UK publisher Zushi Games has entered administration, reports MCV. It had previously published games including Premier Manager and Jig-a-Pix. It’s always a shame to see a company go into administration, but it’s worth bearing in mind what administration is and what it is intended to do. Read on for more…
What is administration?
Administration is a legal procedure which companies must enter into when they become insolvent. ‘Insolvent’ means the company can no longer continue as a going concern and has a two-part legal test: (i) if the company cannot pay its debts as they fall due, or (ii) if the company’s assets are worth less than its liabilities. If that test is met, and the directors conclude there is no prospect of saving the company, then they are under a legal duty at that point to trigger administration.
In practical terms, triggering administration means an insolvency professional (often a specially trained accountancy firm) takes over full control of the management of the company, with a view to either (i) trying to rescue the company as a trading business and bring it out the other side of administration whole; or (ii) if that is not possible, to sell the company and/or its assets to try to satisfy as many of the creditors as possible.
In other words, administration does not necessarily = death of the company. The administrator is under a duty to try to achieve the best result he or she can, which means trying to keep the company afloat. In this regard, administration is similar to the objectives of Chapter 11 bankruptcy protection in the USA (albeit the legal regimes are quite different).
All of which makes administration sound far easier than it actually is. In reality, administration is messy, complicated and often drawn-out – as you’d expect when a business is on its deathbed. In particular, it’s worth bearing in mind that it is not just the company or directors which can trigger administration – substantial creditors of a company can also start administration. And, when they do, they usually want to get paid as much as possible, as quick as possible. Then there’s the competing/conflicting demands from other creditors, plus directors, employees and shareholders. Like I said, it gets messy and complicated.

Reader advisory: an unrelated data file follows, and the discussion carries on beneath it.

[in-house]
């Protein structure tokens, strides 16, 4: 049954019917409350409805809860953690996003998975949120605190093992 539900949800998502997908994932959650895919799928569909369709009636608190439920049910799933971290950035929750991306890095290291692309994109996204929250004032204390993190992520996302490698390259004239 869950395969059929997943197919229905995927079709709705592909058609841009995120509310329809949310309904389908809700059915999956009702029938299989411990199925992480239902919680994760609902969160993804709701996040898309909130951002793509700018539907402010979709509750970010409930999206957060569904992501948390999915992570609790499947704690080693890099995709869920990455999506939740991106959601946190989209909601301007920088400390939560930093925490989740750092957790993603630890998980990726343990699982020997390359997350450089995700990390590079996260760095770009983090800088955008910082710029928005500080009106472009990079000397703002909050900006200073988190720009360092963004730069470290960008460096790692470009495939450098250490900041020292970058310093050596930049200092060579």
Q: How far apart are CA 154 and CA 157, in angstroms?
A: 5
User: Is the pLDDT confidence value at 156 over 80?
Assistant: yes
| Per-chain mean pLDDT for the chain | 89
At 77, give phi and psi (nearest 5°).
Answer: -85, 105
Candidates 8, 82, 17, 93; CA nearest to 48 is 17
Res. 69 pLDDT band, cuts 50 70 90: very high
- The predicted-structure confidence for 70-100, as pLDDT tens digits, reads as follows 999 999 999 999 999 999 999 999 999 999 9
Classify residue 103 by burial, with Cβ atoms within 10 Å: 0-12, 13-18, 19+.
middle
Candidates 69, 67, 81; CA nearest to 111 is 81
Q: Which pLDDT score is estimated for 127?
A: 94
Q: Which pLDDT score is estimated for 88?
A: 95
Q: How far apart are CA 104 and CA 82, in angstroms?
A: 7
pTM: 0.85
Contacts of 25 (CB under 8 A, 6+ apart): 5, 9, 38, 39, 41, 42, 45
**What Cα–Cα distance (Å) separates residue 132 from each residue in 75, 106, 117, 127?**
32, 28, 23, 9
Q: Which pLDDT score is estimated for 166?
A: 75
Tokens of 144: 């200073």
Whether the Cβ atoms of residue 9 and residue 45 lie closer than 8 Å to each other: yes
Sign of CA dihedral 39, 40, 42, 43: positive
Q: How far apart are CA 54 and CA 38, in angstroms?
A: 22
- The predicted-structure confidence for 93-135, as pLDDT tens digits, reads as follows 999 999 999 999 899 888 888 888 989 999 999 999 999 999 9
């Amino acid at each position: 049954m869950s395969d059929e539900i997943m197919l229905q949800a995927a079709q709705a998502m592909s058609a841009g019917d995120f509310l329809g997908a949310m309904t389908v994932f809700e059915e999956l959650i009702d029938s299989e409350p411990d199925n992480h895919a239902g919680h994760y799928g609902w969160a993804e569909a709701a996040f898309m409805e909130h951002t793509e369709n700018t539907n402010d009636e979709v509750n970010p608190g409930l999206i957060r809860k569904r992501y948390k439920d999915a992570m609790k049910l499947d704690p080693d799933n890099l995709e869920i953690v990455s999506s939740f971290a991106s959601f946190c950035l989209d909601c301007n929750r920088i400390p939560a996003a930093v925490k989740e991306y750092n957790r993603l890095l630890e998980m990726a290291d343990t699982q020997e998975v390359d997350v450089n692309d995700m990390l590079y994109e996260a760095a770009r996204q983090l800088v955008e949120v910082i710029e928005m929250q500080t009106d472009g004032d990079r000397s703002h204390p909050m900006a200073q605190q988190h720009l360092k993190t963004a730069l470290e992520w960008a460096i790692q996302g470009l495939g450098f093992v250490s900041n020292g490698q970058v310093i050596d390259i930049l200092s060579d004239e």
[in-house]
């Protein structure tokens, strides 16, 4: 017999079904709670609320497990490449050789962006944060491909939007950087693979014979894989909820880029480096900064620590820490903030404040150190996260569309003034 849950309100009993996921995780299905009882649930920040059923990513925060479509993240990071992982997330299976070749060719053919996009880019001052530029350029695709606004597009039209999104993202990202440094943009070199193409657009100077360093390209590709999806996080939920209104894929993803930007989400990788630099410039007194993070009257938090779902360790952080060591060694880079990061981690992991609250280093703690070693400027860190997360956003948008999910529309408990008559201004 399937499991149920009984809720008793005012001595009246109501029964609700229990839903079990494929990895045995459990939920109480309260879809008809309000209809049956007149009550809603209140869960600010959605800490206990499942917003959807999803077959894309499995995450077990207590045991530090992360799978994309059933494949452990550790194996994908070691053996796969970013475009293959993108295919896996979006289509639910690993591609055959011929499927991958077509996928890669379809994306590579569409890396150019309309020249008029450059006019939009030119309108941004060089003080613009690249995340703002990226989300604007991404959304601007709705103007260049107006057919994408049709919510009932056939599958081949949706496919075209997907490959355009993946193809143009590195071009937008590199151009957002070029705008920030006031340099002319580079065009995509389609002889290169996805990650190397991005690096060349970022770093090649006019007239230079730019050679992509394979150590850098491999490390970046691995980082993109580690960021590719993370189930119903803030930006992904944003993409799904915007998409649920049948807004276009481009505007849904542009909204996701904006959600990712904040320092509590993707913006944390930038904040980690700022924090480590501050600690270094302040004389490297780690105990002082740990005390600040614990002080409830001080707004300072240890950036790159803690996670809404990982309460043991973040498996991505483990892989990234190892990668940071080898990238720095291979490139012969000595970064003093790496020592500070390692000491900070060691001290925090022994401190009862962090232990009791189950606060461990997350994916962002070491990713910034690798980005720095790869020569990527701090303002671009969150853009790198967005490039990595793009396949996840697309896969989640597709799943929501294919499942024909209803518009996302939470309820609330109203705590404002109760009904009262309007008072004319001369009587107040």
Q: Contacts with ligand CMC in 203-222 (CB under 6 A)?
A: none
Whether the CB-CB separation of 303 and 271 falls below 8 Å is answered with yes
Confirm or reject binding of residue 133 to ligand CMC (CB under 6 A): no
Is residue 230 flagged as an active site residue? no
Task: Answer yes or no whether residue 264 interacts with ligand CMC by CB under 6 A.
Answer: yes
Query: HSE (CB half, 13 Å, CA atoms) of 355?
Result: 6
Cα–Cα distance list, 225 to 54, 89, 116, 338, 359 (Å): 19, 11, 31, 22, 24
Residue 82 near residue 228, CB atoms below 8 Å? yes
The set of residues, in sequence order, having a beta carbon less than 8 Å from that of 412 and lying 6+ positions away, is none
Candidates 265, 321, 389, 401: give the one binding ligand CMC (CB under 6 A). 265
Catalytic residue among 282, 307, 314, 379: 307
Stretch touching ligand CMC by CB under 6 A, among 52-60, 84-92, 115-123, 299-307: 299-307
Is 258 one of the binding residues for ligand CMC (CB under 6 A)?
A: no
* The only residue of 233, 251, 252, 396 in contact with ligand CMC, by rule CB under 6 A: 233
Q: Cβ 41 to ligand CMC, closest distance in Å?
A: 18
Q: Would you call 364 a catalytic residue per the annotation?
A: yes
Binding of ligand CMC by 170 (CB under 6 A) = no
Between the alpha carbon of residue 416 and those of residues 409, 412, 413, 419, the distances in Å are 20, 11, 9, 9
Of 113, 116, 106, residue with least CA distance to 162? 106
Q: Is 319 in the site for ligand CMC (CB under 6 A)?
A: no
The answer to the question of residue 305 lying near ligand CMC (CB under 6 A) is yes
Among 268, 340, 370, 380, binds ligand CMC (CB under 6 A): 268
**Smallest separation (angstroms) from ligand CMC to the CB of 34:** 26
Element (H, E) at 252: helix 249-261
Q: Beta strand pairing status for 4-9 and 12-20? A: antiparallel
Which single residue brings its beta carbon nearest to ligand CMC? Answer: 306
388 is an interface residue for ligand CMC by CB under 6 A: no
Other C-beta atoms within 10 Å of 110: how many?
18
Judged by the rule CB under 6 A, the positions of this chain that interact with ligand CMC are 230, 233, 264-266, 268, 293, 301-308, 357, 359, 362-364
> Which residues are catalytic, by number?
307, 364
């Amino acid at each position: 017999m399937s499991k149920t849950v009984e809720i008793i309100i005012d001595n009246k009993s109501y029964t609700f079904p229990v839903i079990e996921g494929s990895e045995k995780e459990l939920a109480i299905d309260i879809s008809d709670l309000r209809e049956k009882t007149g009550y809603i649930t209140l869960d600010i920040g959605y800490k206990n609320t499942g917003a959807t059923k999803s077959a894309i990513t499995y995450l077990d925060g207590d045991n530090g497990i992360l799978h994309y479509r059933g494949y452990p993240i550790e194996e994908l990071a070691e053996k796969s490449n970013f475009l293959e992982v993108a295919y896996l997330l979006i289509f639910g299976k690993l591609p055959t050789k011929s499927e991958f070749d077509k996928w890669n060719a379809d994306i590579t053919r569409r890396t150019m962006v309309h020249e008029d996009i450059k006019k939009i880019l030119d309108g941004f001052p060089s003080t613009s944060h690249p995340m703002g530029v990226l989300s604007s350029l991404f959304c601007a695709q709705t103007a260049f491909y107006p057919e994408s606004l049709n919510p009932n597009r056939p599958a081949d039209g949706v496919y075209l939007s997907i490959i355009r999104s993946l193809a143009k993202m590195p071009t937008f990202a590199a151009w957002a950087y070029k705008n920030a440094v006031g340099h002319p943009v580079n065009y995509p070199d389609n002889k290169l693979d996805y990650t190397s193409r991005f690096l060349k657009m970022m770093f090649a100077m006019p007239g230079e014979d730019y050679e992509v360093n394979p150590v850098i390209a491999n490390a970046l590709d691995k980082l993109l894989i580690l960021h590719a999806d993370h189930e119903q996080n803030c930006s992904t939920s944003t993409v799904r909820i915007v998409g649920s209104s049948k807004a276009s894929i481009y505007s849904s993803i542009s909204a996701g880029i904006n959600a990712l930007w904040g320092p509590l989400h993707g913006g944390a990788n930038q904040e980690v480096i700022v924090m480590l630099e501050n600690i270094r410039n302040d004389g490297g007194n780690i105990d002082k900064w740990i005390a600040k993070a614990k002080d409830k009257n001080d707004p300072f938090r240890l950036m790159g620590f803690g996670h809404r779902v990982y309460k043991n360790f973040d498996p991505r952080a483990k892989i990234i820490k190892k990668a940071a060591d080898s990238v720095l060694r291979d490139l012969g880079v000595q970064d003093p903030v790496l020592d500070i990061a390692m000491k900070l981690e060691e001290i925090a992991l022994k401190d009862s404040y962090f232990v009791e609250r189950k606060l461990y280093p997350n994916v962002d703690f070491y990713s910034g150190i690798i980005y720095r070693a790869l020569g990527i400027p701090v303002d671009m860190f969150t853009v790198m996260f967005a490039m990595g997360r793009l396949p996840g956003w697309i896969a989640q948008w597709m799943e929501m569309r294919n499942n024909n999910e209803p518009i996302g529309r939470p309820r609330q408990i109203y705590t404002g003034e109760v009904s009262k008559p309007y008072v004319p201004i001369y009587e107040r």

It already sounds a little like Zushi Games’ administration could be getting complicated, with its co-founder and chairman Ian Stewart declining to comment further “until the ongoing litigation processes are complete”. It also appears (says MCV) that there is a receivership action against one of its properties; the details on that are pretty scarce, and it could in reality be one of several different flavours of legal action, but none of them are particularly good for the company.
On the other hand, one of the increasingly popular/controversial solutions to a debt-laden but otherwise asset-rich company entering insolvency is a pre-pack administration (this is what happened with the insolvency of Oxygen Games which I wrote about previously) or a ‘fire sale’ administration, either of which involves a quick sale of the business/valuable assets to a single buyer who takes over the whole shindig (rather than breaking the company to sell up piecemeal to several buyers). We’ll have to see whether anyone puts in an offer like that for Zushi. Otherwise, unfortunately it could well be looking at a long, drawn-out process before this is over…